Energy minister, Claire Perry told the BBC last week that she is interested in the idea of lowering stamp duty on houses that have been made more energy efficient. It is part of a plan to provide incentives for those who insulate their homes or implement other energy saving measures in order to help the government cut household emissions to meet climate change laws set out in the Climate Change Act.
What is Stamp Duty?
Stamp Duty Land Tax (SDLT) is a tax which must be paid when you buy a residential property which costs over £125,000 or a commercial property over £150,000 in England, Wales or Northern Ireland.
How Much Will I Pay?
The amount of SDLT you pay will depend on the purchase price of your property. For residential properties, it consists of:
0% - Up to £125,000
2% - The next £125,000 (the portion from £125,001 to £250,000)
5% - The next £675,000 (the portion from £250,001 to £925,000)
10% - The next £575,000 (the portion from £925,001 to £1.5 million)
12% - The remaining amount (above £1.5 million)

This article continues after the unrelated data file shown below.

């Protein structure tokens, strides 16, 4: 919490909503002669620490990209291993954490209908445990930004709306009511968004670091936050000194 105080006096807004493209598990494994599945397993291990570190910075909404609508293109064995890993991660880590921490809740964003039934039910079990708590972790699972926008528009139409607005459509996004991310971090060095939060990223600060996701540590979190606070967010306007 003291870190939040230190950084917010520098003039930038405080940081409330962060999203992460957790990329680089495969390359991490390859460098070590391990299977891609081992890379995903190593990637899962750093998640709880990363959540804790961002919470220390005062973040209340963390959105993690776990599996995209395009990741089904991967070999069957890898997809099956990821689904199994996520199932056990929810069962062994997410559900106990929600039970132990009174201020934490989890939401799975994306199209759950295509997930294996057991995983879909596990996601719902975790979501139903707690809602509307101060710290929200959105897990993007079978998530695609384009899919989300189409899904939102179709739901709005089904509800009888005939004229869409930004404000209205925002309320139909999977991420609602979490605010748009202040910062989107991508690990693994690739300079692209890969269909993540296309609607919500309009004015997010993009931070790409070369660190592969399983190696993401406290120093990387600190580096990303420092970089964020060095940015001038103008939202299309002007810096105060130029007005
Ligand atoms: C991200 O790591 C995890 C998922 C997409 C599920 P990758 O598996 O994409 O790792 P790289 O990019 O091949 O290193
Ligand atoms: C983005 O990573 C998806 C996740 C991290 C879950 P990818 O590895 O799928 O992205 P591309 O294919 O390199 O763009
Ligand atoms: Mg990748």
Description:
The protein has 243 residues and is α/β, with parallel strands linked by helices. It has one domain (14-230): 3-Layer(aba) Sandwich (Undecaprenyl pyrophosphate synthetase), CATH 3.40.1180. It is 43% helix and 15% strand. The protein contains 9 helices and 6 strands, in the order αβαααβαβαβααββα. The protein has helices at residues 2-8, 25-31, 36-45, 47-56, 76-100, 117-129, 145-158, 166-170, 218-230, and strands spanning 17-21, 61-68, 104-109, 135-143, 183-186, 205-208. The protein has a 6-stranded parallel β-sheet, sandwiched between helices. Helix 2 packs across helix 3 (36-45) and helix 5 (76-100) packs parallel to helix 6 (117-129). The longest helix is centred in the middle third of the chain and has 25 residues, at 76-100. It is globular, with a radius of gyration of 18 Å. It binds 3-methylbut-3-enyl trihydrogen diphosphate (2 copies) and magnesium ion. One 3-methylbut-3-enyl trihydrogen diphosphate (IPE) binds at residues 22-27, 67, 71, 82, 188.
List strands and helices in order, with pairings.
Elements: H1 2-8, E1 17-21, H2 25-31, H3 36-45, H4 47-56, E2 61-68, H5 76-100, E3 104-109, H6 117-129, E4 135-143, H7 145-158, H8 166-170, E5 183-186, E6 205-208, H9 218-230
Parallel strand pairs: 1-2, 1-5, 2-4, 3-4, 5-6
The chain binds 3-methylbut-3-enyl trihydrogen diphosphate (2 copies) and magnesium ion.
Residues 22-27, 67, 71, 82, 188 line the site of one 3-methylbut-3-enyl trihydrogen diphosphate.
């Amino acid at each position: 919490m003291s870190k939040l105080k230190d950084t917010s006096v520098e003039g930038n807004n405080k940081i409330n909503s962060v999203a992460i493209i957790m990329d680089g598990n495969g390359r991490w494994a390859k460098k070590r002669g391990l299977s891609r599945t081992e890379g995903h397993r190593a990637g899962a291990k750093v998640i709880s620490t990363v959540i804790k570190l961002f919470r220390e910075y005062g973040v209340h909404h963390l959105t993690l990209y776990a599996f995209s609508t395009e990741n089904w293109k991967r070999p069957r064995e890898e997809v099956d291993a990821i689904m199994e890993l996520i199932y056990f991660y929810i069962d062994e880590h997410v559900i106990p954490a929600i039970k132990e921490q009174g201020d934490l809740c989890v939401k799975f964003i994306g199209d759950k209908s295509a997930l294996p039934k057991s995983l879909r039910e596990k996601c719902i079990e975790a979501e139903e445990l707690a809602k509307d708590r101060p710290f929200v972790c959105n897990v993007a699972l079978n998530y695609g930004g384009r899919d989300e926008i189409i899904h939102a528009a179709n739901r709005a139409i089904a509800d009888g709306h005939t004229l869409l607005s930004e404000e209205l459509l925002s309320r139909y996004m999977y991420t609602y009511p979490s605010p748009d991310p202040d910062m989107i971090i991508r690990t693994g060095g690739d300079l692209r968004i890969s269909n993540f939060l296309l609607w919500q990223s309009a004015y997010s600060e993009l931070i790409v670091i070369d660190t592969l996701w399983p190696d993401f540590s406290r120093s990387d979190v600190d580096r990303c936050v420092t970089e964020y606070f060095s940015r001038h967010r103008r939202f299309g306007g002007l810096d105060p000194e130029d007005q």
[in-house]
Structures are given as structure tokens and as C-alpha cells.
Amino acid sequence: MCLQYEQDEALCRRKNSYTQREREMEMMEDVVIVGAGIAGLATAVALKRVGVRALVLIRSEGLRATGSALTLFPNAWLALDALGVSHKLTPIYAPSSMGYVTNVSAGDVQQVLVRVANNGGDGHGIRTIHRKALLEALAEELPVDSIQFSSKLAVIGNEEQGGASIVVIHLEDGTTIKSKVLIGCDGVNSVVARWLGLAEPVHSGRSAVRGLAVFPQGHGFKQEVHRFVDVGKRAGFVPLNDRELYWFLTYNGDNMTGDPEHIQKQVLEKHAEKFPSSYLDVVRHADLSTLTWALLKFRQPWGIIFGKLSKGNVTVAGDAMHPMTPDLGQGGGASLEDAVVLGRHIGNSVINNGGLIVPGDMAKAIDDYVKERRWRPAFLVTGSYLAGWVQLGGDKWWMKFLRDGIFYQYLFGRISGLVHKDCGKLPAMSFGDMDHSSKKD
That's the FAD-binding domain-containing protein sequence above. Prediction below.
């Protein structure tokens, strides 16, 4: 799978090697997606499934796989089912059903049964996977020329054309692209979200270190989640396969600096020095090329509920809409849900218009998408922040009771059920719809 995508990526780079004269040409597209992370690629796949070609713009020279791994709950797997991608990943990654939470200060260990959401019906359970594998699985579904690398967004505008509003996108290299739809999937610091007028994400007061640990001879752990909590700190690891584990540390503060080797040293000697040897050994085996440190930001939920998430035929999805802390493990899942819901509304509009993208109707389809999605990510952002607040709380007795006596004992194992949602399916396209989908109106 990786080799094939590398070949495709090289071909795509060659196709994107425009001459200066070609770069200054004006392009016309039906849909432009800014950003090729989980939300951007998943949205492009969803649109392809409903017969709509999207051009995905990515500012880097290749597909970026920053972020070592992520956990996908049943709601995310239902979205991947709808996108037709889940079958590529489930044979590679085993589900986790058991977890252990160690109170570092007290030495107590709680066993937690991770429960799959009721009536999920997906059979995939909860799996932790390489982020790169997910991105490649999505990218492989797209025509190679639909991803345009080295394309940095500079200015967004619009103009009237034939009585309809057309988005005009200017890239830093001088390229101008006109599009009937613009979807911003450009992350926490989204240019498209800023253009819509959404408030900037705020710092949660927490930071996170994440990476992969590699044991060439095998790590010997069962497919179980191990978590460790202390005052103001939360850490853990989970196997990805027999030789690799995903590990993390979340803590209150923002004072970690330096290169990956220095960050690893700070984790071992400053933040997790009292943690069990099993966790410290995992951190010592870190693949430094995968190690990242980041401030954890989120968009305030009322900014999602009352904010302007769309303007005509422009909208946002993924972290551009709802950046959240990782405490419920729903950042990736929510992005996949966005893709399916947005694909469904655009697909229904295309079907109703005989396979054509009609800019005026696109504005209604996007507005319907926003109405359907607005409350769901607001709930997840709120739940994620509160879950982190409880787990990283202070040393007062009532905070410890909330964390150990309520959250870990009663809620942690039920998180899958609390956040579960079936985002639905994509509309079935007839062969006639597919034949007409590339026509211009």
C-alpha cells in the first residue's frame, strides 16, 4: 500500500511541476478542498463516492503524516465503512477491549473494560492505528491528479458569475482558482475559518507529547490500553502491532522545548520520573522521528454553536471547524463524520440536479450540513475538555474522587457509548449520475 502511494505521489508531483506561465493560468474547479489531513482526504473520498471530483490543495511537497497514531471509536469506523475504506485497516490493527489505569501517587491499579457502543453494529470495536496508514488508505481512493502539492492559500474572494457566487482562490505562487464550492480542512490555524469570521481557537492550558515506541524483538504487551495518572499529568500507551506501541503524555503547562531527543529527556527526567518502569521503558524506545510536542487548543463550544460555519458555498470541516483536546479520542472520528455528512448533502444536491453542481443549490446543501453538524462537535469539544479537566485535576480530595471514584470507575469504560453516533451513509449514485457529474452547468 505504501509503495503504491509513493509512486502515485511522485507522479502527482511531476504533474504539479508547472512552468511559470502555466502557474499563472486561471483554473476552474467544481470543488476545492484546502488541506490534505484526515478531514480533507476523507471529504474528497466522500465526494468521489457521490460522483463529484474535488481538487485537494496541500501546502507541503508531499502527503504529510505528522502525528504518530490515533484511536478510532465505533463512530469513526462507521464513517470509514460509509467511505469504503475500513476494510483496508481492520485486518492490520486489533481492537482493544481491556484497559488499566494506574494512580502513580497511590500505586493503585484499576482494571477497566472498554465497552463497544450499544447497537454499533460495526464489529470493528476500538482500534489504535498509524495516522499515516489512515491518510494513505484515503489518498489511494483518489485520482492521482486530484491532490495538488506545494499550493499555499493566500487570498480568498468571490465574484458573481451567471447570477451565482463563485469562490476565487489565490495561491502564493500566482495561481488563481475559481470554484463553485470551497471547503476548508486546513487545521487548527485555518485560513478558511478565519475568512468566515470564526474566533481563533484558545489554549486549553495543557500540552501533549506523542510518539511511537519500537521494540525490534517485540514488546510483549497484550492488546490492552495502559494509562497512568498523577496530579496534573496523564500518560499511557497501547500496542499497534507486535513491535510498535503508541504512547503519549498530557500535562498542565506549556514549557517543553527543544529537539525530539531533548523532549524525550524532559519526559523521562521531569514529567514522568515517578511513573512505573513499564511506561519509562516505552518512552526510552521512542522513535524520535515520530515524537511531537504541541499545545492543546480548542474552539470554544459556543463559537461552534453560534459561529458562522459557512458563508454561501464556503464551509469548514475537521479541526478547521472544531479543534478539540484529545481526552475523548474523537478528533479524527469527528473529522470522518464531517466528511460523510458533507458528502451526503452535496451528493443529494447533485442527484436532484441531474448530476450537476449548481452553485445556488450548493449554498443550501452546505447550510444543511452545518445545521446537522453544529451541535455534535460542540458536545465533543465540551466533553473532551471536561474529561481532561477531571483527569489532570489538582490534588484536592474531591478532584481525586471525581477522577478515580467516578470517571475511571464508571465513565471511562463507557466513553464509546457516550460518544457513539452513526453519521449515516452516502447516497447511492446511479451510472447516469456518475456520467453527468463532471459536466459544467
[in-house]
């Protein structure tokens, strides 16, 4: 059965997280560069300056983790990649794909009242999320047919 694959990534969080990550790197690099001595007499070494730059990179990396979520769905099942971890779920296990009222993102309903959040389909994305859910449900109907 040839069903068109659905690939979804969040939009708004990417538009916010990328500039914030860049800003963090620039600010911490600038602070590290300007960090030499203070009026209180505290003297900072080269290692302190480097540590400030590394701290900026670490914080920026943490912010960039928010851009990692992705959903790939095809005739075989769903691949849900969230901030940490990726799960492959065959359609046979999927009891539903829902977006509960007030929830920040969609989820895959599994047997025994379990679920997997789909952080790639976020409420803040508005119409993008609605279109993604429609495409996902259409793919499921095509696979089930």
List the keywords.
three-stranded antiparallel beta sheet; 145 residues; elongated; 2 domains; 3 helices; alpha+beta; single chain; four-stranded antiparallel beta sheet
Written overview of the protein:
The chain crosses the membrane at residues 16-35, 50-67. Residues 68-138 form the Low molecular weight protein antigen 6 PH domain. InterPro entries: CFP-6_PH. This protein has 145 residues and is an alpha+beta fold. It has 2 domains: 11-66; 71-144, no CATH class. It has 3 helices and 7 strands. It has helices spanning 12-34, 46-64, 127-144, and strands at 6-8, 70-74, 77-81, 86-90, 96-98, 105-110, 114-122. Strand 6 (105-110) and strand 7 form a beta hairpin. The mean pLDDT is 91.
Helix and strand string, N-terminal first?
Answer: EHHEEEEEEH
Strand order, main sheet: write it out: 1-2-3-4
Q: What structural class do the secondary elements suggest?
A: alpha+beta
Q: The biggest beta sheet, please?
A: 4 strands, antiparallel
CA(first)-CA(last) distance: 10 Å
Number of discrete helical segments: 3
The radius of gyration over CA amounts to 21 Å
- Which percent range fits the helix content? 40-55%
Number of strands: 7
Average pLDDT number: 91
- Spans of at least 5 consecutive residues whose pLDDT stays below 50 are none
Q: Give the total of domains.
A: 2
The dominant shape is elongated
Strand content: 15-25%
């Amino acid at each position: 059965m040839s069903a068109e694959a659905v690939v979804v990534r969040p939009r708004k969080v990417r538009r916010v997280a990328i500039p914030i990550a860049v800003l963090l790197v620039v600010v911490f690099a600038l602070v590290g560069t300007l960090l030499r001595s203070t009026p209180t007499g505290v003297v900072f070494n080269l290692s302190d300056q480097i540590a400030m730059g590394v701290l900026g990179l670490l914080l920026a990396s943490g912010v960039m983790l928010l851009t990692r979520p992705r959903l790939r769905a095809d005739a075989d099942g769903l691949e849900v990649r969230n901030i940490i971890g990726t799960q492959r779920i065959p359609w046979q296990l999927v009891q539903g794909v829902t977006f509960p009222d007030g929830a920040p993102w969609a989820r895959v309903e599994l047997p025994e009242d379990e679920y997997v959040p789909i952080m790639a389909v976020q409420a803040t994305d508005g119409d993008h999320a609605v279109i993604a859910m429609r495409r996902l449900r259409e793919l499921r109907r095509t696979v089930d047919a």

For example if you were to purchase a property costing £400,000, you would pay:
0% on the first £125,000 = £0
2% on the next £125,000 = £2500
5% on the remaining £150,000 = £7,500
£10,000 in total
There are different rates of Stamp Duty for commercial, buy to let properties and second homes
Speak to The Mortgage Hut about Property Purchase Costs
If you’re considering moving home or purchasing a property but are unsure about the costs - speak to one of our friendly mortgage advisers at The Mortgage Hut. In addition to finding you the right mortgage deal, we can help you understand and calculate the costs of purchasing a house including stamp duty, solicitor fees, any extra costs relating to your mortgage.